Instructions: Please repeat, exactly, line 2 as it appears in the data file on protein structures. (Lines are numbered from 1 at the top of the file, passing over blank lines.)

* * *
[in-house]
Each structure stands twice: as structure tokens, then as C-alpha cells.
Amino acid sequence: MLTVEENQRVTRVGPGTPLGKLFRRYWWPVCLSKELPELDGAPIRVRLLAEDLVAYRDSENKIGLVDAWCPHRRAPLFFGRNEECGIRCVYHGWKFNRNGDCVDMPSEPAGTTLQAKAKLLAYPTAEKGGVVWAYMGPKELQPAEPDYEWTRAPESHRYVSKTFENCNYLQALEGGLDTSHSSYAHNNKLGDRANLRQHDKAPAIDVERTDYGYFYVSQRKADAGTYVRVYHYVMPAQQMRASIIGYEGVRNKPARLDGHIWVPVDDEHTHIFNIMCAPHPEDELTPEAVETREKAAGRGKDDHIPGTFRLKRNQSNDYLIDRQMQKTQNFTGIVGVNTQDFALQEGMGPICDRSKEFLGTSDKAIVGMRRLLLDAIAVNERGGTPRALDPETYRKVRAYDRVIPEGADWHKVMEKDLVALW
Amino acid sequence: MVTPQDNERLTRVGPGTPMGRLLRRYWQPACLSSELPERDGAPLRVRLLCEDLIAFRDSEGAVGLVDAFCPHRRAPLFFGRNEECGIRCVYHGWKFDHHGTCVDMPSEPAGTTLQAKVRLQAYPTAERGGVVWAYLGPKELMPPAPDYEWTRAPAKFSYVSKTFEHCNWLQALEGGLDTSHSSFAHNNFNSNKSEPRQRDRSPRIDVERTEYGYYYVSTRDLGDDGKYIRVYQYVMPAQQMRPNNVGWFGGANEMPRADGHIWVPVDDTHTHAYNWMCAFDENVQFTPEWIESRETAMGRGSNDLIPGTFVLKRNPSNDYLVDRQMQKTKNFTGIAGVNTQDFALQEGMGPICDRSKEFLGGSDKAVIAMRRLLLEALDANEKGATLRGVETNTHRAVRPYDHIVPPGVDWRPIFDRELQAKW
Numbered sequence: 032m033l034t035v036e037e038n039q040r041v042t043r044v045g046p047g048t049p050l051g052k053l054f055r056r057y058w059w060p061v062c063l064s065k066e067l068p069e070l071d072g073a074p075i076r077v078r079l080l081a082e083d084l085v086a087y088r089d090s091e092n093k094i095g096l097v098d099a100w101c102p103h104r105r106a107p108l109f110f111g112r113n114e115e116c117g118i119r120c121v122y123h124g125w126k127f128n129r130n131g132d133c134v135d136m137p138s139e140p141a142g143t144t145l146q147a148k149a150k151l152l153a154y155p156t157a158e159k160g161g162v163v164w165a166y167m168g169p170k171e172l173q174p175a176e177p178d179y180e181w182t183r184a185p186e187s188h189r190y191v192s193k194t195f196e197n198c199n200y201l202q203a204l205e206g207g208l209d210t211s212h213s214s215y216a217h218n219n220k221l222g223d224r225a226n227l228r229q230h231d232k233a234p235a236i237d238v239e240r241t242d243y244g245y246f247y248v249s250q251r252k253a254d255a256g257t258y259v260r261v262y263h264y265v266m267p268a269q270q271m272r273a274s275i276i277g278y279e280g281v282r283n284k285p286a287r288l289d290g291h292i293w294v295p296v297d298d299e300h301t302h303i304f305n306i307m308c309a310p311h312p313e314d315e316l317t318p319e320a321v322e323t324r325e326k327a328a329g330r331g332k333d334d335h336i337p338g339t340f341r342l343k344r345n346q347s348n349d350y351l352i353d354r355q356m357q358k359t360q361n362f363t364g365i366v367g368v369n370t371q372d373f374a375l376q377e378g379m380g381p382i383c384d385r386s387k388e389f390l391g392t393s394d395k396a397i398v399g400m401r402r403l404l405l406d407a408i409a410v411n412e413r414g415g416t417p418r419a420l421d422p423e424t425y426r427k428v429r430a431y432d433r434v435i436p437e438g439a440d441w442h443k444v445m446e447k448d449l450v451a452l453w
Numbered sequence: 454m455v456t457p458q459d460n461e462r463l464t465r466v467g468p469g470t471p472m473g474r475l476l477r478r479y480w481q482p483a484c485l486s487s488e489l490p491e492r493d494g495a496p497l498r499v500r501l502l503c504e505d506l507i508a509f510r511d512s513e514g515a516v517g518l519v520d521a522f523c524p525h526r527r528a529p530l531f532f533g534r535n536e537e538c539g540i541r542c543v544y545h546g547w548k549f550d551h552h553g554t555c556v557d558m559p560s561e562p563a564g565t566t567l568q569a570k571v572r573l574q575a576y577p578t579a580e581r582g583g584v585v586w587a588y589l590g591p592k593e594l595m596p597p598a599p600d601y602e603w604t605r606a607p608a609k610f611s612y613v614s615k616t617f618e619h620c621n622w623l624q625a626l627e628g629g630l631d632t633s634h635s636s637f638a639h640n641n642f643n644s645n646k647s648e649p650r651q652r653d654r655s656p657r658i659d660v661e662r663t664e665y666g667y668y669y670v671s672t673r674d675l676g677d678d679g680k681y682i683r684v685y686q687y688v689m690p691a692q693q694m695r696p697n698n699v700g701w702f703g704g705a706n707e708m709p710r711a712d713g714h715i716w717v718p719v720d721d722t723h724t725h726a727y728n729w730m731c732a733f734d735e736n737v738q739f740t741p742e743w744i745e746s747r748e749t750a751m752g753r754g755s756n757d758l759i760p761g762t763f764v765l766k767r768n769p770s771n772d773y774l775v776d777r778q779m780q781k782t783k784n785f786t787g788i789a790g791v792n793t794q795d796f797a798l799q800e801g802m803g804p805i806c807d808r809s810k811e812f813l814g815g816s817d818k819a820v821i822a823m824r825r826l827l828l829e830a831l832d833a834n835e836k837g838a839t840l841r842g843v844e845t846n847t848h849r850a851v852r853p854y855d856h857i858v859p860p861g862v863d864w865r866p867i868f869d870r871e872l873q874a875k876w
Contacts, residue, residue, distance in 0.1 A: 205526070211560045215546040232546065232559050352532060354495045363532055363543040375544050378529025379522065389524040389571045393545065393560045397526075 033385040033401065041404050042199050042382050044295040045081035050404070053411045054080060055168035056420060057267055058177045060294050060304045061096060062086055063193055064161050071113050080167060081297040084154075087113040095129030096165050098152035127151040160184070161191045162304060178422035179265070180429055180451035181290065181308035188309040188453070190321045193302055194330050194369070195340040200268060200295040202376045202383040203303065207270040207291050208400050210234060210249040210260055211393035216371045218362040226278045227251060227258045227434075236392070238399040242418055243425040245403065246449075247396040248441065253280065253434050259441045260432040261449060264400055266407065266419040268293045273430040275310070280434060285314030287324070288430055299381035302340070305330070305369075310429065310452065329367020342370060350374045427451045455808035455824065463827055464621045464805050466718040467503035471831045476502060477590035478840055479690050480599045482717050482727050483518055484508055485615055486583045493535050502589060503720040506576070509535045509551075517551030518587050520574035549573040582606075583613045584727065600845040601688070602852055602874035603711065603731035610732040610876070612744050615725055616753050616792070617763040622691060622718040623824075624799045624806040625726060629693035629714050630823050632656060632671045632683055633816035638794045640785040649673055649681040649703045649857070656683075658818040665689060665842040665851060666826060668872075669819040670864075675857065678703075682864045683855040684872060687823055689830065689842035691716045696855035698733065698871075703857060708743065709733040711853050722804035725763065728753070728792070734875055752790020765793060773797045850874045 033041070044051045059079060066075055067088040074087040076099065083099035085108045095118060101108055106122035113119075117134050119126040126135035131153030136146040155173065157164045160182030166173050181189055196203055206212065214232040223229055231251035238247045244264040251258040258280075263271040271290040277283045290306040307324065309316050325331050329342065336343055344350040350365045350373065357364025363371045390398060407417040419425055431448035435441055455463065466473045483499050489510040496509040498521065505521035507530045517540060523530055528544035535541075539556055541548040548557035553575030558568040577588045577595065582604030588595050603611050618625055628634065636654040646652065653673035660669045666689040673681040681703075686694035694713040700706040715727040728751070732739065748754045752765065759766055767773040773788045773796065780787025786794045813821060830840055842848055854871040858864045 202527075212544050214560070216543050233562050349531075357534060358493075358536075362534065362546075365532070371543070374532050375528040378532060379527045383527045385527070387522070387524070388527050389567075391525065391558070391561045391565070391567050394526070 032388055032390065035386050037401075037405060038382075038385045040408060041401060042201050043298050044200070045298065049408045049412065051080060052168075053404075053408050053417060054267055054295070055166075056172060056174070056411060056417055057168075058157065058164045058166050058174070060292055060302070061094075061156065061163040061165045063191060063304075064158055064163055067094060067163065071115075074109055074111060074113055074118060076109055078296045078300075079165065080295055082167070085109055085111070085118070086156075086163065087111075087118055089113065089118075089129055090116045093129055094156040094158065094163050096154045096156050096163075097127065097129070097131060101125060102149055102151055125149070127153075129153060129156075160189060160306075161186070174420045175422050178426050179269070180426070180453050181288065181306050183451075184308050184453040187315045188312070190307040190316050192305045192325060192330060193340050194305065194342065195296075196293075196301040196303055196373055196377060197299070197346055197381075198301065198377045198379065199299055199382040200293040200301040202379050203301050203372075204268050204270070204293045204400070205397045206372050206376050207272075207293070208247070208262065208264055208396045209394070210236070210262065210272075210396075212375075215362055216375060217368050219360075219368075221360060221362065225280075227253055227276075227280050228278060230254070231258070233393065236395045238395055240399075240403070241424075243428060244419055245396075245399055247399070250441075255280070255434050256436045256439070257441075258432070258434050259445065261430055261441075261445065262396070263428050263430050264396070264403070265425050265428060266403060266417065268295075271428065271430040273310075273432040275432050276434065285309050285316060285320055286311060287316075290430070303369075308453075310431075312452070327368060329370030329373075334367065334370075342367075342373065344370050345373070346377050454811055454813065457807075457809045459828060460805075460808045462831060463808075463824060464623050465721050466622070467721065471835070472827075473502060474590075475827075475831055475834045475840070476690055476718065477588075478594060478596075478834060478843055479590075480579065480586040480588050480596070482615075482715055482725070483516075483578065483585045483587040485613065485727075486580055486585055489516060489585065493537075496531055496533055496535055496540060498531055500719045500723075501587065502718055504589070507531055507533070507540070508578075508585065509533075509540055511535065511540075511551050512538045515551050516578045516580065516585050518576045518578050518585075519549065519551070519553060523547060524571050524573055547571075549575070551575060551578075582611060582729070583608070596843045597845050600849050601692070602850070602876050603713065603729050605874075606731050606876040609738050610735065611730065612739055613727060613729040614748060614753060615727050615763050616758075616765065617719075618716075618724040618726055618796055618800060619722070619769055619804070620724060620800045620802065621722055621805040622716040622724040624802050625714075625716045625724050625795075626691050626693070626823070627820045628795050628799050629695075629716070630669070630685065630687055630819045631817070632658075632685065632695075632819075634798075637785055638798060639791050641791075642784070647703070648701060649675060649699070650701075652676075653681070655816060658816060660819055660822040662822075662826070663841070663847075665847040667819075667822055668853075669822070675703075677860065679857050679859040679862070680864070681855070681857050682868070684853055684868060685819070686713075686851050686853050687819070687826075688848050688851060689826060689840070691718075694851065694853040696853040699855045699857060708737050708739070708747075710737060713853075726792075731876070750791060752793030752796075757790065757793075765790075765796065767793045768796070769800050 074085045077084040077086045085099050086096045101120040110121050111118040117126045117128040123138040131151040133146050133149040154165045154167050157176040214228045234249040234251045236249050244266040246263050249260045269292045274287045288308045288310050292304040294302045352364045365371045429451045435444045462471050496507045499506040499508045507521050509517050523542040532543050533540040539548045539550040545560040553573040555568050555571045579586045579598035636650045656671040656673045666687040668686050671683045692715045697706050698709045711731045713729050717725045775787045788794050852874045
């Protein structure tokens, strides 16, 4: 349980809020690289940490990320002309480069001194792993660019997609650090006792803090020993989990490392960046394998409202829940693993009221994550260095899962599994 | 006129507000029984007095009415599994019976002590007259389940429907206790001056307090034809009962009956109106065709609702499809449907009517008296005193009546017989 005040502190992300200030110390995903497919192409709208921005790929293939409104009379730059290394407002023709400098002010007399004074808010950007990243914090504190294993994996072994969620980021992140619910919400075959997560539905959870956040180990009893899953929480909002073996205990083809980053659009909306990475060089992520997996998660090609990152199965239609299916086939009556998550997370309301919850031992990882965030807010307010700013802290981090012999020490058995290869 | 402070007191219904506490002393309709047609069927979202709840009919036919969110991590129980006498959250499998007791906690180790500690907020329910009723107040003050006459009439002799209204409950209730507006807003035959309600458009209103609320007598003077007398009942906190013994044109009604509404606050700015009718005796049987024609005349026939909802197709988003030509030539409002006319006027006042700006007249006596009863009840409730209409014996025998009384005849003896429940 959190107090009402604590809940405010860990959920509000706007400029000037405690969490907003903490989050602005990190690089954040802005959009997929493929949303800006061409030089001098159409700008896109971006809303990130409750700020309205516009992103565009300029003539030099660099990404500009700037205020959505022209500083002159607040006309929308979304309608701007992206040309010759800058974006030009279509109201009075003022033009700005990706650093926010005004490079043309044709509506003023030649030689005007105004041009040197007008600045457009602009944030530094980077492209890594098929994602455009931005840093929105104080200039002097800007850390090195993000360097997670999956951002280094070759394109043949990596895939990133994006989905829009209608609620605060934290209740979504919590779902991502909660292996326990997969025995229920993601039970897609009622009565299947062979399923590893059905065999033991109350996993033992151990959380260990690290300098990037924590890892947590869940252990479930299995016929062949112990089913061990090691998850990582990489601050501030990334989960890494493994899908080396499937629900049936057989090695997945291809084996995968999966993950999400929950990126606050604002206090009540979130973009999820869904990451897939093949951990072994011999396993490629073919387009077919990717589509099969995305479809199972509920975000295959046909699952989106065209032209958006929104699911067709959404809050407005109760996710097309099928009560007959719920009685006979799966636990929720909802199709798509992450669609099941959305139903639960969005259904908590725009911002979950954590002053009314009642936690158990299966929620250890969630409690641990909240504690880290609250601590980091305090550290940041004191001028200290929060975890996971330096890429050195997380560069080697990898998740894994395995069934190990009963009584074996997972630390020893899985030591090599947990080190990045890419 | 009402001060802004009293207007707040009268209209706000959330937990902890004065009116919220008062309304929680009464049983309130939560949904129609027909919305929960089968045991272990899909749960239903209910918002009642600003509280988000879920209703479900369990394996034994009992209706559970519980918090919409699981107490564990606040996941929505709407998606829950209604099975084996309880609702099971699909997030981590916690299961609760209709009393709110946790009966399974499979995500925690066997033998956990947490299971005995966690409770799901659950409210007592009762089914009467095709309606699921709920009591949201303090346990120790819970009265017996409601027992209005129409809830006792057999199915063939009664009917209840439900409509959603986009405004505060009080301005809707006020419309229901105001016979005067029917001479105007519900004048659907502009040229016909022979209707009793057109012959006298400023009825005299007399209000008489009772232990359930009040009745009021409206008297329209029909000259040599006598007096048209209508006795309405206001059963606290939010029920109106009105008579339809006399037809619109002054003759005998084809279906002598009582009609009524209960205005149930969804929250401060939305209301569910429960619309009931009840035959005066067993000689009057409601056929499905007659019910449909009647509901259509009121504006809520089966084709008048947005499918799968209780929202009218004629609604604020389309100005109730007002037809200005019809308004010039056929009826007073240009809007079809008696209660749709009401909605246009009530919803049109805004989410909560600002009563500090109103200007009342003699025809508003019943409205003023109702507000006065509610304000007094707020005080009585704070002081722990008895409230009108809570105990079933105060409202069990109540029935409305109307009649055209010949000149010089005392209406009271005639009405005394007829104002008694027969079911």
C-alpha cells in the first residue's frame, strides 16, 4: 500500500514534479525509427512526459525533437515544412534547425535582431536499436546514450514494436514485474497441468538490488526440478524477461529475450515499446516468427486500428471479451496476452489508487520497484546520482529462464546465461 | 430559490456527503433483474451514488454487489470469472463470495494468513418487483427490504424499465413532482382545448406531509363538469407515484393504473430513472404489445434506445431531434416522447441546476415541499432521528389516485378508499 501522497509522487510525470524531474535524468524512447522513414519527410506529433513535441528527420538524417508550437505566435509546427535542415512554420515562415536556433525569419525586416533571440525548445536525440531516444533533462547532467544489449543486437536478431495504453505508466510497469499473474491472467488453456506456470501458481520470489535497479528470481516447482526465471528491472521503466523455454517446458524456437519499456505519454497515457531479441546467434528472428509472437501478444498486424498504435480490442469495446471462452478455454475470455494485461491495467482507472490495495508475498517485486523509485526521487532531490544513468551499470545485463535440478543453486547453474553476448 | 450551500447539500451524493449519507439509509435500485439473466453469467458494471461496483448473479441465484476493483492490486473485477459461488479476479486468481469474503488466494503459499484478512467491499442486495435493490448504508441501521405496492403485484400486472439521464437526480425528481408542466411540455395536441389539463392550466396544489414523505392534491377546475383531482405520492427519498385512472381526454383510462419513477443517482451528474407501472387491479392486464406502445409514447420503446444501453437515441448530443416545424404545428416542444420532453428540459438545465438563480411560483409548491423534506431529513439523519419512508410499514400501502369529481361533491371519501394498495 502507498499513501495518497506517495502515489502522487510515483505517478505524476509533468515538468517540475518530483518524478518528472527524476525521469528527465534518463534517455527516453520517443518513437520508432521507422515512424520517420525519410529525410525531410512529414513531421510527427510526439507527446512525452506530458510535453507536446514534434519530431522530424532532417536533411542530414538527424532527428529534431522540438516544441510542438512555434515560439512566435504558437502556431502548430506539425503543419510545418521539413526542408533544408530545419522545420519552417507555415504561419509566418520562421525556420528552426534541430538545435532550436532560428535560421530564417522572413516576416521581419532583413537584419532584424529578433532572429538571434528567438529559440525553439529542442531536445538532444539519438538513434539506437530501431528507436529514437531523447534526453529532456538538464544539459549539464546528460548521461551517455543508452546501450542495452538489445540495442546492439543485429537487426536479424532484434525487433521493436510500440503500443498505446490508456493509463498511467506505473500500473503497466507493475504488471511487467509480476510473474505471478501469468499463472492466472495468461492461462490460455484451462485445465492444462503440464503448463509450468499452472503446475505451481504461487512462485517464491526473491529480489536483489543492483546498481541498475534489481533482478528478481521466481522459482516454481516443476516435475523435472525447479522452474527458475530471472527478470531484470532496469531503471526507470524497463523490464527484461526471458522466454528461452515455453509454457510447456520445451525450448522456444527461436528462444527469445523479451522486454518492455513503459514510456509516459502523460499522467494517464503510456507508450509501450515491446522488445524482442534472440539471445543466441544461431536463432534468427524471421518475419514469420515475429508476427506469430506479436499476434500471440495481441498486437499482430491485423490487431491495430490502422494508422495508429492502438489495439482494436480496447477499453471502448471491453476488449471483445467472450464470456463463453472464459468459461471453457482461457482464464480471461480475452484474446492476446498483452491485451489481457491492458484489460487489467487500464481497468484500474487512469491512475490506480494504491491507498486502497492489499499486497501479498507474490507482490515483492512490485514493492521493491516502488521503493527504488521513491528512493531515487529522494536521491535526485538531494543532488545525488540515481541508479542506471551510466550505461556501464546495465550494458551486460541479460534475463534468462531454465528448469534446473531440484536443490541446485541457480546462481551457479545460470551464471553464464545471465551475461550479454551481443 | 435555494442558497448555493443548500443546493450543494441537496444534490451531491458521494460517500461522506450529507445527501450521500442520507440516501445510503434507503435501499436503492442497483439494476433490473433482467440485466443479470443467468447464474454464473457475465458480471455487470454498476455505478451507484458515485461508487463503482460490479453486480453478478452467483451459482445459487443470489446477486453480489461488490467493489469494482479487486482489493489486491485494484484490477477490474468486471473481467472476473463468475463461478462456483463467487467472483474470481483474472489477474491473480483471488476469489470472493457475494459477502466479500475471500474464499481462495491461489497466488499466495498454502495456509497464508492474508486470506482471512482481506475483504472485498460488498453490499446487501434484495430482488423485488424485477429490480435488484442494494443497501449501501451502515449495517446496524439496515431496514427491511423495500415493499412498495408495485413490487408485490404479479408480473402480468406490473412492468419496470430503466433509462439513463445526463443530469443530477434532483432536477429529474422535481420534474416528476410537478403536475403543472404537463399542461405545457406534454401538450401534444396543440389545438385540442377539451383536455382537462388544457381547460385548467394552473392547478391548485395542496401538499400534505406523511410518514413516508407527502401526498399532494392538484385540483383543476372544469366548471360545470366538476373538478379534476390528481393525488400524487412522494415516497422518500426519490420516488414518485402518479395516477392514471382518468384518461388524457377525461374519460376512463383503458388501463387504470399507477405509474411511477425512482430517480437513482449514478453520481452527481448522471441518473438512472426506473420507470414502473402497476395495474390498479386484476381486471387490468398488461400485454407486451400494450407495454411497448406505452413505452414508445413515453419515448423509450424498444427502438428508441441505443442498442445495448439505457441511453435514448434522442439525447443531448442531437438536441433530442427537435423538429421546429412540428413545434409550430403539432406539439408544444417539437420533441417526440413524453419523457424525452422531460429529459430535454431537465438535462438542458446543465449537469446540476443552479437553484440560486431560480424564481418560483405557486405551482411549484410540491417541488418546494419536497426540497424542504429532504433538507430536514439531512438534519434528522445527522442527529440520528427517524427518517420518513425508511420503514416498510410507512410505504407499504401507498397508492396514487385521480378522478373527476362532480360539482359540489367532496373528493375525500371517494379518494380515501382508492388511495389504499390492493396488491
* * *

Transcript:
Each structure stands twice: as structure tokens, then as C-alpha cells.